Memorial Ground (Bristol Rovers)

I’ll confess to not knowing much about Bristol Rovers before my visit here. Marcus Stewart used to play for them, they play in blue and white and that’s about it.

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I visited the Memorial Ground as part of my FA Cup project (cuprunnings.com) rather than a comedy-related visit and I have to say I loved it. The club have plans to move a couple of miles away to a new stadium, but this is a perfect blend of old school and new and it’ll be a shame when they move on.

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Wedged in with terraced houses on every side, the club is using every bit of space possible, so it’s easy to see why they need to move, but that won’t make it any sadder when they do.

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Indeed, one of the stands exits straight into a street and just takes you back to a magical era when a football ground was slap bang in the middle of a community rather than a retail park.

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The stadium itself is a mish-mash of old and new. There’s a terraced “home” end for Gasheads fans opposite the temporary seating behind the other goal that houses away fans. Then one touchline hugs a monster of an old stand (maybe not that old) with impressive views across the city.

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Opposite is a beautiful newer stand, a thing of real beauty. The two look entirely different, don’t compliment each other whatsoever, yet it all adds up to make a most charming home.

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This is what football is about. Stadiums built over time – so much time that the stands themselves act as a timeline to the club’s evolution. You can see when they’ve added to the ground as they’ve went along and I absolutely love it.

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Everyone connected to the club seems lovely as well, and as an added bonus the stadium announcer brings the team on to the booming announcement of “I smell gas!”. Brilliant.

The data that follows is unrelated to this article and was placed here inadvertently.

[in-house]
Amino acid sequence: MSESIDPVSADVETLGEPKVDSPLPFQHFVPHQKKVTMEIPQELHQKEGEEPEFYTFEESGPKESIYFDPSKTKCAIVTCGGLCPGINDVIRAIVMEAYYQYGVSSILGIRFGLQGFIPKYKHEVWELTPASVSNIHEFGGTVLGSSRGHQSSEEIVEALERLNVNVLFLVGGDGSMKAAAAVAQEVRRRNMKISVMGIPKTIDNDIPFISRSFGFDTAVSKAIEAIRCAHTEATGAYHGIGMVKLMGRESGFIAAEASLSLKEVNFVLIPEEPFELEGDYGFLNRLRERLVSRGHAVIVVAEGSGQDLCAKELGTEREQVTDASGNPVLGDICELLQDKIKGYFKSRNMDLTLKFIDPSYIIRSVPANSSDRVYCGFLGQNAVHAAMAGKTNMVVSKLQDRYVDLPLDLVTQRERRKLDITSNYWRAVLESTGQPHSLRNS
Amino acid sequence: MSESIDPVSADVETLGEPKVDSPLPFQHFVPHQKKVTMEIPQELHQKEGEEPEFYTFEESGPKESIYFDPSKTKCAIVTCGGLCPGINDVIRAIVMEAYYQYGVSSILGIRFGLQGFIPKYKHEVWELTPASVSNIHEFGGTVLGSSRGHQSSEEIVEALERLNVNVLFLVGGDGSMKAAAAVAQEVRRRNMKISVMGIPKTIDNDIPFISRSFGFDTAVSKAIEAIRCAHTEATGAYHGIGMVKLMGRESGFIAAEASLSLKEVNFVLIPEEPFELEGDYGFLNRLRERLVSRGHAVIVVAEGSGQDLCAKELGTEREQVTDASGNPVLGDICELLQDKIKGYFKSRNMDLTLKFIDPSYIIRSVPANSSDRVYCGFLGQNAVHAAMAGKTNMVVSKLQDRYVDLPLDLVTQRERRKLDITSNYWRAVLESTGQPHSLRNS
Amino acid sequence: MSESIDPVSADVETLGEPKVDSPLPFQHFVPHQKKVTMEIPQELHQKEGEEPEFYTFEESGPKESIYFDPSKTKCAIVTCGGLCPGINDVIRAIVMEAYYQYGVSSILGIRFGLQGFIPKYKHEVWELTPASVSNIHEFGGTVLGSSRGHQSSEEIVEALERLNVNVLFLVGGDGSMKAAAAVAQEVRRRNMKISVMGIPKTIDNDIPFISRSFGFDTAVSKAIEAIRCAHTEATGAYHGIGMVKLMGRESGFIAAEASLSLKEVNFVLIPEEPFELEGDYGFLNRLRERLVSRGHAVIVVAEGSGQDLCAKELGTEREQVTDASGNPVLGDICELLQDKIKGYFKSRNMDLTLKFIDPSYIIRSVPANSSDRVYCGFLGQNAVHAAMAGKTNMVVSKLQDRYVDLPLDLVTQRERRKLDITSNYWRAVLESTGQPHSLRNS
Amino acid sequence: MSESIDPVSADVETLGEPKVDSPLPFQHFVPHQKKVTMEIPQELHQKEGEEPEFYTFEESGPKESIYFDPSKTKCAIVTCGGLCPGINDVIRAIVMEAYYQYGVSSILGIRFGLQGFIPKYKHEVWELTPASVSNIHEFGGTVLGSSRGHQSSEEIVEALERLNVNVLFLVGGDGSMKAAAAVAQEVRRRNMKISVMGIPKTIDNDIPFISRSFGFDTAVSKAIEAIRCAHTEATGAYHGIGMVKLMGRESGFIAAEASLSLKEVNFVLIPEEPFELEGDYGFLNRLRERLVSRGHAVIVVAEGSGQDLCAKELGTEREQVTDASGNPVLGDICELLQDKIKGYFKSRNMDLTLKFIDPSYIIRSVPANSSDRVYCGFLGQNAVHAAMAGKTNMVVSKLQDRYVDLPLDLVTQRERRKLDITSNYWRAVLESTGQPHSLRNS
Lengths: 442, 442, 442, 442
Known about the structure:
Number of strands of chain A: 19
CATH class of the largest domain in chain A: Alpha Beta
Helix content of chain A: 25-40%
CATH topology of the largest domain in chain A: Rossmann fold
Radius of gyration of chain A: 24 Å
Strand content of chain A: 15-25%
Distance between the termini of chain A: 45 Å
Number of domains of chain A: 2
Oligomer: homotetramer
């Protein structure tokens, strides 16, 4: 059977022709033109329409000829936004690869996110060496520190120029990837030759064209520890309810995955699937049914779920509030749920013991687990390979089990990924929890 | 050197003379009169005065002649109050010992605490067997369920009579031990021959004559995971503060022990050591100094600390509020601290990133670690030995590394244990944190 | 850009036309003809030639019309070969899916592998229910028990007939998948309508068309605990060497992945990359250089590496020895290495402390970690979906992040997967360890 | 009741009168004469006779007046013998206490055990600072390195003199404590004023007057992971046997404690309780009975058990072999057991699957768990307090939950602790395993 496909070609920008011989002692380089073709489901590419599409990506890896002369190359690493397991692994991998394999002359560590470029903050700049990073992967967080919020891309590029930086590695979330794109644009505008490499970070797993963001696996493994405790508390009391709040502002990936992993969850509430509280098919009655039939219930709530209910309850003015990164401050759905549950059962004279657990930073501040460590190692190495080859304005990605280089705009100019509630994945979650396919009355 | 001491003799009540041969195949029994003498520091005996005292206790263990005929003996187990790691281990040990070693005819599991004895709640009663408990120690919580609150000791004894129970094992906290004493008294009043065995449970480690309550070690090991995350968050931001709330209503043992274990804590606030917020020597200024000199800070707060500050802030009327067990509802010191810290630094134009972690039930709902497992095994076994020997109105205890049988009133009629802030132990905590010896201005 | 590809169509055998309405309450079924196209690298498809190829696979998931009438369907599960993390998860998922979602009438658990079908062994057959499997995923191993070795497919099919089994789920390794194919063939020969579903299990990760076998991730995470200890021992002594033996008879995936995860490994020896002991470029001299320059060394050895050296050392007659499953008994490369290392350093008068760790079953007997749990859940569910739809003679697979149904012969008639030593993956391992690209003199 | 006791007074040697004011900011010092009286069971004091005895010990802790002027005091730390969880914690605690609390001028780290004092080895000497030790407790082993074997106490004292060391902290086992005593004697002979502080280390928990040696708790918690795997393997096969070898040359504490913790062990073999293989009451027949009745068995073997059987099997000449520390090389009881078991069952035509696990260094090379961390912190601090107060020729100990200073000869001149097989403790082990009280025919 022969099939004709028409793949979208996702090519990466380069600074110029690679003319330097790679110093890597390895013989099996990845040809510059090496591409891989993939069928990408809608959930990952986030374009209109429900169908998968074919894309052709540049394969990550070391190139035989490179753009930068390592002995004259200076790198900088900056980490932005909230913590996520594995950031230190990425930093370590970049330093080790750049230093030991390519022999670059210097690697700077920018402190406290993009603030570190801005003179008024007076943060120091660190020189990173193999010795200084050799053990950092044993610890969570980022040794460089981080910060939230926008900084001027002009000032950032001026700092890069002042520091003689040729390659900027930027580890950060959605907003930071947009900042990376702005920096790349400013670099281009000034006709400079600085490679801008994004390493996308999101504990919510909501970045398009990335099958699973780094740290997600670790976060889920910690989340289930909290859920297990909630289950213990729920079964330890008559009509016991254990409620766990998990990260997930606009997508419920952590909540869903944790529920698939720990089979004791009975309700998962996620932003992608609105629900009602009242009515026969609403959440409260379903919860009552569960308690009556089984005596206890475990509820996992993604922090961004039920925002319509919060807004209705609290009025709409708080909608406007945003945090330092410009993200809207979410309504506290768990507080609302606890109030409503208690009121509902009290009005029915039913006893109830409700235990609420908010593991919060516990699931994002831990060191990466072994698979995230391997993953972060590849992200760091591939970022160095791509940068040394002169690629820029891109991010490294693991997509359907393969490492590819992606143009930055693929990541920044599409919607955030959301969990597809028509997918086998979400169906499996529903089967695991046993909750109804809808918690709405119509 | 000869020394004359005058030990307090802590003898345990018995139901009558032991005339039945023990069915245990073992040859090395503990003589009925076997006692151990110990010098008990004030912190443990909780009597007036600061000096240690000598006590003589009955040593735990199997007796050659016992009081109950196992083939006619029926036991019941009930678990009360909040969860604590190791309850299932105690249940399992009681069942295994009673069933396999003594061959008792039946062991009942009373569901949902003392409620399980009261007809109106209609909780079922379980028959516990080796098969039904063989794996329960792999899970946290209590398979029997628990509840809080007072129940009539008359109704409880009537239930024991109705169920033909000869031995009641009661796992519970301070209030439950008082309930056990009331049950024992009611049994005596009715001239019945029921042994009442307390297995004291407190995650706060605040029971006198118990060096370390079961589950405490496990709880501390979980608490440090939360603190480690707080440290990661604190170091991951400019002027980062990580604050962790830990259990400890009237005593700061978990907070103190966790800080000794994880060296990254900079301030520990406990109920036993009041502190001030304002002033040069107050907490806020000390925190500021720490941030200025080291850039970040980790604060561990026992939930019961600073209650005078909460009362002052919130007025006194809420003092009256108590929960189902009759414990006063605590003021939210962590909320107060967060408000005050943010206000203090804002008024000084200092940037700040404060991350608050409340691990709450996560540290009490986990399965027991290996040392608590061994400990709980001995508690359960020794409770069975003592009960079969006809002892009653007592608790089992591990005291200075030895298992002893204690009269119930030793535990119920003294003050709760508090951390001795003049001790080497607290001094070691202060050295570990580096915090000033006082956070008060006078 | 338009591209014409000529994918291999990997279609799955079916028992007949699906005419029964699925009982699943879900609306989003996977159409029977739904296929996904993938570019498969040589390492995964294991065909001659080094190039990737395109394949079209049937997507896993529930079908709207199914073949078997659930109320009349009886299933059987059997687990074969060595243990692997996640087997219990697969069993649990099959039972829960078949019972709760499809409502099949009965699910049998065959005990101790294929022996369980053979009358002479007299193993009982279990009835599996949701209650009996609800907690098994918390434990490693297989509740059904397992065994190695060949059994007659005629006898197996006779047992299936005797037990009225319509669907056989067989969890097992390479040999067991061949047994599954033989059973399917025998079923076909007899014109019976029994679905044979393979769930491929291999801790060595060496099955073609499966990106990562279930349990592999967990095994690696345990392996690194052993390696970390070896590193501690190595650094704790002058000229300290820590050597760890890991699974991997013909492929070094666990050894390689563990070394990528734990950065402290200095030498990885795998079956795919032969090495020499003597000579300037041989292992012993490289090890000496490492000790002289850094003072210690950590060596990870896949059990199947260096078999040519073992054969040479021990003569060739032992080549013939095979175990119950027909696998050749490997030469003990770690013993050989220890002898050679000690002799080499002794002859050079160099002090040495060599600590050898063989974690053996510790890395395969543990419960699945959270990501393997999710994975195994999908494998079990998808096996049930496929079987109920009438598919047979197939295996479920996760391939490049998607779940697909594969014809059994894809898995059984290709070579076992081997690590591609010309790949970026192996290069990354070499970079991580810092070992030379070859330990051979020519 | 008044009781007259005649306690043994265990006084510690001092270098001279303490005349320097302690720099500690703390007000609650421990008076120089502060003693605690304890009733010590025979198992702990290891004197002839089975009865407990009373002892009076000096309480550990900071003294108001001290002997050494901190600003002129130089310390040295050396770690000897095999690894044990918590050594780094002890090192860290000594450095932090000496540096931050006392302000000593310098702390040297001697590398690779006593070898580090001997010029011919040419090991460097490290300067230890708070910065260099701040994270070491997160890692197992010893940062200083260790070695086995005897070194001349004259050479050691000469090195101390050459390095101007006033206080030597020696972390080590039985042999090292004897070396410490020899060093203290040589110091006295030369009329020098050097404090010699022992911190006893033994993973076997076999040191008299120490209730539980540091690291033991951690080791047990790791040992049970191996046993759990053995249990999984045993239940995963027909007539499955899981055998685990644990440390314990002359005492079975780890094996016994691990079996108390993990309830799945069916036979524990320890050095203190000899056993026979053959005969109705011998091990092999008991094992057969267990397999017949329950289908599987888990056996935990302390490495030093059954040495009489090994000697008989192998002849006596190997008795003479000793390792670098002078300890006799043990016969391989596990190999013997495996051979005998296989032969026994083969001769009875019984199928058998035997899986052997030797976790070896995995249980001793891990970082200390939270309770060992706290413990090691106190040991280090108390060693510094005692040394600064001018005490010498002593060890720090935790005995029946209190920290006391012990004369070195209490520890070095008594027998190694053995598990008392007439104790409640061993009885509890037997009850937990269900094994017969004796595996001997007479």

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If you’re in the Bristol area I’d get a trip to the Memorial down on your to do list.

 

 

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Heritage Park (Bishop Auckland)

This was a flying visit made one morning on a drive much further south and I’m reasonably undecided on it.

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Bishop moved from their Kingsway ground to here in 2010 and it’s an immaculate stadium but also fairly devoid of real character. The main stand seems wonderful and there’s a lovely covered terrace behind one of the goals, but that’s about it. Maybe how new it is means the club hasn’t quite grown around its new home yet and made it its own.

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One thing that is worth noting is the optimist who thought that uncovered seating behind the other goal was definitely a good idea. No offence to County Durham and your wonderful weather, but I suspect those seats must be in fairly new condition.

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As it is, an immaculate surface, that covered terrace and some friendly staff (one of whom I frightened half to death as she turned a corner to find me there taking some photos) save this.

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Yes, there’s the horrible sight of a Sainsbury’s looking over the ground, and it’s out of town, but it’s homely and well kept if a little nondescript.

 

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Emirates Stadium (Arsenal)